Firing the imagination

Mon 20 Oct 2008 Opinion

It must have been some time in 1972 that my father took me to the Museum of London (obviously the old one at London Wall). I was six.

Half way through our visit we entered a dark space. Anticipation grew, suddenly the sounds of horses drawn carriages, the voices of street hawkers, and the general hubbub of a 17th-century London street began to filter into the darkness. And the voice of Samuel Pepys (or so I believed) began to narrate the events of the Great Fire of London of 1666. Far off in the darkness an ominous glimmer of red appears in what we learn was a bakery in Pudding Lane. Gradually, we become aware of the unfamiliar skyline of the City of London of 2nd September 1666 modelled before us as the fire begins to spread hour by hour, day by day.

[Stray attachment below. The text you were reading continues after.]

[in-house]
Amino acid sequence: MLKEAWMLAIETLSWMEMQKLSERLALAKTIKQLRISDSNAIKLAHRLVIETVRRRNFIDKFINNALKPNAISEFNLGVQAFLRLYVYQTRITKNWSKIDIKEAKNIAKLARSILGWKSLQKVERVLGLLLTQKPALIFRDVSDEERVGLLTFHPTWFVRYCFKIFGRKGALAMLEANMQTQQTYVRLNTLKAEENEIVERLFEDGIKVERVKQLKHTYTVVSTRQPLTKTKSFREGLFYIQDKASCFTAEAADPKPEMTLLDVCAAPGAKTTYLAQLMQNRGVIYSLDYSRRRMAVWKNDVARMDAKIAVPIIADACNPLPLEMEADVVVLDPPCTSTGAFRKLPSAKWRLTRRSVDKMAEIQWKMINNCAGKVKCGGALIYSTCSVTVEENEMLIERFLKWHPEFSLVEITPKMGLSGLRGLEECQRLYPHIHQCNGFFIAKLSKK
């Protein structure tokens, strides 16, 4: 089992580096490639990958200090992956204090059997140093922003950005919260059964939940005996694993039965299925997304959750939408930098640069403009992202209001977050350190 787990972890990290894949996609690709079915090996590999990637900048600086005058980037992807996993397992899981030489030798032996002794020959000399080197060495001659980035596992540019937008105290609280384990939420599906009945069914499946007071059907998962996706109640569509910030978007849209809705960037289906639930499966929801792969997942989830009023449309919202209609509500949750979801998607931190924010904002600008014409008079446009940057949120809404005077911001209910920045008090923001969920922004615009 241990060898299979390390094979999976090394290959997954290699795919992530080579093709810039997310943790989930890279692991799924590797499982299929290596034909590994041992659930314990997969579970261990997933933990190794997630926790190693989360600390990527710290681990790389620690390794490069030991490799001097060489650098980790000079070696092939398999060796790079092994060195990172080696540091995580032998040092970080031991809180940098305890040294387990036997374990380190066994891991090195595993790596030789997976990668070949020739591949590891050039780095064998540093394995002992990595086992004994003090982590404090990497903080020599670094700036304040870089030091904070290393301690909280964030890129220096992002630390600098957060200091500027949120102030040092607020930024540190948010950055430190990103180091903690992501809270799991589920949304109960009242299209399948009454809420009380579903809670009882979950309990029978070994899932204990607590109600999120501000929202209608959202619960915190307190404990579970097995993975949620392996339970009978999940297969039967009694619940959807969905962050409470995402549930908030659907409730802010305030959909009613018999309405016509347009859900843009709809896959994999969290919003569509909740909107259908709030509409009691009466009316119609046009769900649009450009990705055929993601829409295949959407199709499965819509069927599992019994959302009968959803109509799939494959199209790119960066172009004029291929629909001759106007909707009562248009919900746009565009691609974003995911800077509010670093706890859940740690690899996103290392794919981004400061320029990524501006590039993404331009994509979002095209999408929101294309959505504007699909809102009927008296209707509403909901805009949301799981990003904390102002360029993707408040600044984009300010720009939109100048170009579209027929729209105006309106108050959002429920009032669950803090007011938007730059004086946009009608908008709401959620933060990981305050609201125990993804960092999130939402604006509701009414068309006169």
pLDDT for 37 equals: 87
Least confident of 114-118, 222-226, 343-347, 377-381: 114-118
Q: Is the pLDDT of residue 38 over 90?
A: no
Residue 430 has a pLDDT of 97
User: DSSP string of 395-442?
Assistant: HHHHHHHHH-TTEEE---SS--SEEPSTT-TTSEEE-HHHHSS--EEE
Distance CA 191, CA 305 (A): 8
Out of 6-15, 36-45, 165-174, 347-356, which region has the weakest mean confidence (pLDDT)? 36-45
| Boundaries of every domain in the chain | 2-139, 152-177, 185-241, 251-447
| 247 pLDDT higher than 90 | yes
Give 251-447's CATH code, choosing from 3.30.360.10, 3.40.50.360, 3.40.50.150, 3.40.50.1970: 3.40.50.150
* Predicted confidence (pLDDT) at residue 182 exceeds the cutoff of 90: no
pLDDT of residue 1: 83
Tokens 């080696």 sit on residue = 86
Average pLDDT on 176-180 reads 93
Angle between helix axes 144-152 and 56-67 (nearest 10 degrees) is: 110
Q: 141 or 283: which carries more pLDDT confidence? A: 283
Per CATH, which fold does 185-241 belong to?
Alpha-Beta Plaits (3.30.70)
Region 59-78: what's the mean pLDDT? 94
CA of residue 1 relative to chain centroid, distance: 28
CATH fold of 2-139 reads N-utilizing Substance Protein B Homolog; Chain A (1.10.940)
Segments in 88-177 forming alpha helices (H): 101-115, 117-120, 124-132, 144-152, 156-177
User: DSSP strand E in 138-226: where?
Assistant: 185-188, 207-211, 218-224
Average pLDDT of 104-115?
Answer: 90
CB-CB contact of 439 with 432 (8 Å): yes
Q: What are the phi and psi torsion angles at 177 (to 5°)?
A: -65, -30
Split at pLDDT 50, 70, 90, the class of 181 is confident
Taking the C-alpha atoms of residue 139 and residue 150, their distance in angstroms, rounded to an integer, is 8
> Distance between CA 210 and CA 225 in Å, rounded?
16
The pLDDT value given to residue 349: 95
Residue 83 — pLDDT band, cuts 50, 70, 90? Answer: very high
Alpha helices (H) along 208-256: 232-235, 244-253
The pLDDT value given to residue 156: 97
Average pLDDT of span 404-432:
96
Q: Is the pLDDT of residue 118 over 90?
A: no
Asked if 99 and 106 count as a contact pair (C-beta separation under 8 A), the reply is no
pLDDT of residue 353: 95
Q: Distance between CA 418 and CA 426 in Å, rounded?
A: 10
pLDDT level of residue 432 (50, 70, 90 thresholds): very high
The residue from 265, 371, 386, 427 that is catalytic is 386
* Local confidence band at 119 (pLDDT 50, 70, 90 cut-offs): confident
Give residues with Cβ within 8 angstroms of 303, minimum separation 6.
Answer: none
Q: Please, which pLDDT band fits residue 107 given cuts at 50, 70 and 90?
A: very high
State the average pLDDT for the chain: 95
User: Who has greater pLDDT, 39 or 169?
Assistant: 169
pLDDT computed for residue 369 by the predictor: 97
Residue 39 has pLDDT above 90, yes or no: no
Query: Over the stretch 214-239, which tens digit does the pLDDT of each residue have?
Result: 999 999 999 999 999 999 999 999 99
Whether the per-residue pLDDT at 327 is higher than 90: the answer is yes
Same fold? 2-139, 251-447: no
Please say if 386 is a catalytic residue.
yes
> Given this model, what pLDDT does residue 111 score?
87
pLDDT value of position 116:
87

This relatively simple (by today’s standards) exhibit incorporating just a model, lighting effects and audio vividly captured the human tragedy and cataclysmic nature of the Great Fire of London and has remained with me ever since. To me, it is a great combination of engaging, authentic content and immersive presentation.

[Note: the new Museum of London is due to re-open in the renovated Smithfield Market site in 2028]